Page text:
Article after article and guru after guru promise us success if we become more innovative or entrepreneurial or demonstrate more grit or allow our inner creativity to flourish or become more strategic. The list could go on, but you get my point. Of course, there is nothing wrong with this list and endeavoring to improve along any of these lines.
The accompanying discussion about these approaches usually includes the question: Are you born with ____ or can you develop it? The answer is almost always that you can develop it. There is truth in that, which is encouraging, but I’m concerned that it’s not the right focus and inadvertently distracts us from another more practical and productive angle.
The question I prefer is: What are your natural talents and abilities and how can you be more effective employing them? In other words, what are you good at? Not only what are you good at, but what are your strongest processing modalities that drive that ability? For those of you familiar with my work, you know where this is going. The Communication Styles Framework offers more than an understanding of your communication style strengths and challenges. It also identifies the 7 processing modalities that drive your communication style, which is about how you process information (i.e., learning style).
By understanding how you process information and which processing modalities are most strongly employed, you can see how they directly relate to your strongest talents and abilities. Here’s an example. Noelle’s logical and visual-spatial processing skills are very strong. Her weaker areas are auditory and kinesthetic. In her mind’s eye, she can visualize information sequentially and manipulate that sequence to see the effect on the overall process. This isn’t something she reminds herself to do. It just occurs naturally in how she thinks and processes information. For example, in a project development meeting, Noelle’s note taking is in the form of interconnected webs. In that format she can account for all of the project pieces in relationship to one another, along with the sequence needed for coherence and efficiency. When she shares her graphic representation of the project in the meeting, others can easily see her process, ask clarifying questions, and insert other ideas. This problem-solving talent is not something that can be taught if you don’t have these strengths.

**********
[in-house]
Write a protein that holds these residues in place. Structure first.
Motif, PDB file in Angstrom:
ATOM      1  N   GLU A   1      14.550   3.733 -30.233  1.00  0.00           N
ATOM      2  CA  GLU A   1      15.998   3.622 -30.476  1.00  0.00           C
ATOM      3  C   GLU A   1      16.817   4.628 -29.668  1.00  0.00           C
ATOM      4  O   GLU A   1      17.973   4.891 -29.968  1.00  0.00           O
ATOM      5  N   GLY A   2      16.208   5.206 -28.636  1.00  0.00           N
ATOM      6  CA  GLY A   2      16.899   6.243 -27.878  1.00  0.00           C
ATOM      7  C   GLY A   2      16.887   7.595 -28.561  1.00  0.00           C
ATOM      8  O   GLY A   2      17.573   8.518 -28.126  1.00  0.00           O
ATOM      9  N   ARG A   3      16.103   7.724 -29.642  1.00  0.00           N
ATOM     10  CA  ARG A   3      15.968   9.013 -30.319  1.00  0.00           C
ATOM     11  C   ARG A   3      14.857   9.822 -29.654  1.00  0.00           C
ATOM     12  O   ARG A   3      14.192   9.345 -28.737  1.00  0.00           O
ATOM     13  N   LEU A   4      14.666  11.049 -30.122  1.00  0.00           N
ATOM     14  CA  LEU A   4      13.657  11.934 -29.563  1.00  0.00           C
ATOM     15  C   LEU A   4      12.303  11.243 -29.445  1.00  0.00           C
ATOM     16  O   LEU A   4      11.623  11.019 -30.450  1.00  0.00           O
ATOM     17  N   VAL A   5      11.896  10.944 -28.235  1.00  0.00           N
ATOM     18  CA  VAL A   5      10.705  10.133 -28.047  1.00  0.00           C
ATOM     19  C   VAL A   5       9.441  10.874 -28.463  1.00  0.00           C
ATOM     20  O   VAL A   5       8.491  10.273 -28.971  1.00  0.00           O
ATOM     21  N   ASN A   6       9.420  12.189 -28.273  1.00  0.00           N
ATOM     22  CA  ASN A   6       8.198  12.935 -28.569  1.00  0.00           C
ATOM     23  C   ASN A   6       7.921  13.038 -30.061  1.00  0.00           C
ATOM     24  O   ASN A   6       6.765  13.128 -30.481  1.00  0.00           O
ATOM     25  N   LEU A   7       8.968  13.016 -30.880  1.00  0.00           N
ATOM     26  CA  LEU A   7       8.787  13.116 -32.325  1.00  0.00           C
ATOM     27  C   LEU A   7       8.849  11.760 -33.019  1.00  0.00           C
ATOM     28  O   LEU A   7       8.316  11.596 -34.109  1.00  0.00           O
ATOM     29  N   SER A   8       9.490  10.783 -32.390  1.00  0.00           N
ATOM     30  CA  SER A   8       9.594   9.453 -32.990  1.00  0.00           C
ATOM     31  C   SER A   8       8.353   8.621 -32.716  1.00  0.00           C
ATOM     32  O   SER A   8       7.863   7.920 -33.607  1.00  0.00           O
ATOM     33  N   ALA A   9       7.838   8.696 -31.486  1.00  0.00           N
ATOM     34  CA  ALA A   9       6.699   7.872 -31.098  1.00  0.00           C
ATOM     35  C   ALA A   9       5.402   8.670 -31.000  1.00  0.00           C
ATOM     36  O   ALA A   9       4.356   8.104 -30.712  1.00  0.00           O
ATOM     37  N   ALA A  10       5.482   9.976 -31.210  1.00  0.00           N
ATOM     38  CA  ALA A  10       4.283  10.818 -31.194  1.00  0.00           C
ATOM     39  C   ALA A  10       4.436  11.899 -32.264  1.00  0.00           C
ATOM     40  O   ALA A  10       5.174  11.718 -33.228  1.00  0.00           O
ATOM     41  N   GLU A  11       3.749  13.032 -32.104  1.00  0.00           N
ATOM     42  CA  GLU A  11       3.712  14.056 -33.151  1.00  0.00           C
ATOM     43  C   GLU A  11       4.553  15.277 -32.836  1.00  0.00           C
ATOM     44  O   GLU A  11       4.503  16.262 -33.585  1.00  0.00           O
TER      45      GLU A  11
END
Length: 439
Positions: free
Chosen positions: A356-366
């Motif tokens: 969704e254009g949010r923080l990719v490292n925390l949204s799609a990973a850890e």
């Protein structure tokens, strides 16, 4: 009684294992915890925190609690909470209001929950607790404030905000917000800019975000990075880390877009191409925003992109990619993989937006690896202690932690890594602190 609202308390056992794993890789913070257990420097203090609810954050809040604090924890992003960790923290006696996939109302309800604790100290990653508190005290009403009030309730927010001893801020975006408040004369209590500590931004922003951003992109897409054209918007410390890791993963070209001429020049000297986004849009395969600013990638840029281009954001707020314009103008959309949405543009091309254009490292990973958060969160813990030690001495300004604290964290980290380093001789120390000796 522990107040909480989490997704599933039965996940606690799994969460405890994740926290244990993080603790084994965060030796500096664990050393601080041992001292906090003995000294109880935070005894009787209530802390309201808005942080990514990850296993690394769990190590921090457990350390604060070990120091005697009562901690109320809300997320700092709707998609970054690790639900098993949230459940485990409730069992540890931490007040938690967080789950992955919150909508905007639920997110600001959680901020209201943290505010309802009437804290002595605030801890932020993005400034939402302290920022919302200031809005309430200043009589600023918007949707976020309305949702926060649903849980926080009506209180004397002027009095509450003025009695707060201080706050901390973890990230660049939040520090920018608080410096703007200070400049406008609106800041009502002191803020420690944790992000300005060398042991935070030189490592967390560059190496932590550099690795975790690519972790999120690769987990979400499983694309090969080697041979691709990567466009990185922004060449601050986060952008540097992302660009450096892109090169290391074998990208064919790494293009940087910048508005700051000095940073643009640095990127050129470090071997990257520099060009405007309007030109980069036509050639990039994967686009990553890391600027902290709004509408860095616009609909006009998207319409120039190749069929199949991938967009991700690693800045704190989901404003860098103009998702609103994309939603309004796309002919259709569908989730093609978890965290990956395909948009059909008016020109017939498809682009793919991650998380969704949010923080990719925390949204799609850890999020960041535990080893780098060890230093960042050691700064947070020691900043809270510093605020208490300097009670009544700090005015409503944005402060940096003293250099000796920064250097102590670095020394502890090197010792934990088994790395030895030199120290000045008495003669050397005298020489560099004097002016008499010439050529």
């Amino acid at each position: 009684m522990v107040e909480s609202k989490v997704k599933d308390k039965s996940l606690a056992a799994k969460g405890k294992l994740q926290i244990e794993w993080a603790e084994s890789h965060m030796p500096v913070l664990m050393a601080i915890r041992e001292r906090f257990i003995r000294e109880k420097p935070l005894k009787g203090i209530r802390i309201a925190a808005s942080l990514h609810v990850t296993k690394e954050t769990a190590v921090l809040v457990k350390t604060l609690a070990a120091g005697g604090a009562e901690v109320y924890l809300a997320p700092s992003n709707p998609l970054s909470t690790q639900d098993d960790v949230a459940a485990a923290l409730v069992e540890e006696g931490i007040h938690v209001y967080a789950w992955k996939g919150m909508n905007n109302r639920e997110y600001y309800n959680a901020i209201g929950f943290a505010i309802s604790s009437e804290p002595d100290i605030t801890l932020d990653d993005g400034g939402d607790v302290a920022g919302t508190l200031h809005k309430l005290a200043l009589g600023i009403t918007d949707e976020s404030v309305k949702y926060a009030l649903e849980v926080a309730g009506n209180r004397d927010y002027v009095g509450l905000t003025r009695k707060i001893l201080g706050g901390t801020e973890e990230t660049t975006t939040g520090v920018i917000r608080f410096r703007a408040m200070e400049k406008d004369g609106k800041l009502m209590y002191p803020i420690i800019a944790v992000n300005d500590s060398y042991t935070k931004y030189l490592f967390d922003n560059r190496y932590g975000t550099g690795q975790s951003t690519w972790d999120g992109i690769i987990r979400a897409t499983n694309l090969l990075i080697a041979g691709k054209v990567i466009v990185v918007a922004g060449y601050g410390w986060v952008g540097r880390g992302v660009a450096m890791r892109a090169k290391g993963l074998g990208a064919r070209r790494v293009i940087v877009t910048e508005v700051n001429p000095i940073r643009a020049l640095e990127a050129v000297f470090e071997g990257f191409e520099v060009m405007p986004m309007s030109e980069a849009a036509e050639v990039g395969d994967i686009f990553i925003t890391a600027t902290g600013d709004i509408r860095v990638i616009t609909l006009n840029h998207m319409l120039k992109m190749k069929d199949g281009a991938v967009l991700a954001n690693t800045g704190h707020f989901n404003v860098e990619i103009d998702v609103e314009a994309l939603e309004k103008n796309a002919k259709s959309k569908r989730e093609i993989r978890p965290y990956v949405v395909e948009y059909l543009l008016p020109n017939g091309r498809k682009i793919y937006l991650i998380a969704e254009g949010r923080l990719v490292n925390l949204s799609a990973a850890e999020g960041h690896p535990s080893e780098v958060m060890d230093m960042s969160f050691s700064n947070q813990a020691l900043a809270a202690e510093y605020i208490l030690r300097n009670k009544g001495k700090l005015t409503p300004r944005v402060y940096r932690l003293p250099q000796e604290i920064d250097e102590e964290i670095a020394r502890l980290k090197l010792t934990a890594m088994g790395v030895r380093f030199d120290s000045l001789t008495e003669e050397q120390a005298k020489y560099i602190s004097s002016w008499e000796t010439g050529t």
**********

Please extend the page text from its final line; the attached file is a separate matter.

Unlike Noelle, my ability to process information logically/sequentially is weak. Do I spend time trying to develop it? Perhaps. But why wouldn’t I rely on Noelle for that and use my natural strengths, auditory and interpersonal processing, to make a strong contribution to my workplace team? Actually, I work at sequential processing, but if my advancement in the workplace depending on these abilities, I’d be out of luck.
So, asking people to develop more grit or creativity doesn’t usually get very far. But identifying their processing strengths and intentionally employing them will result in more engagement, productivity and satisfaction, along with creating a strong team. In addition, I would bet there will be more grit and creativity, as well.
Tip: Think of a time when you were very effective and had a strong sense of satisfaction. It could be in your personal or work life. What processing abilities did it take for you to accomplish what you did?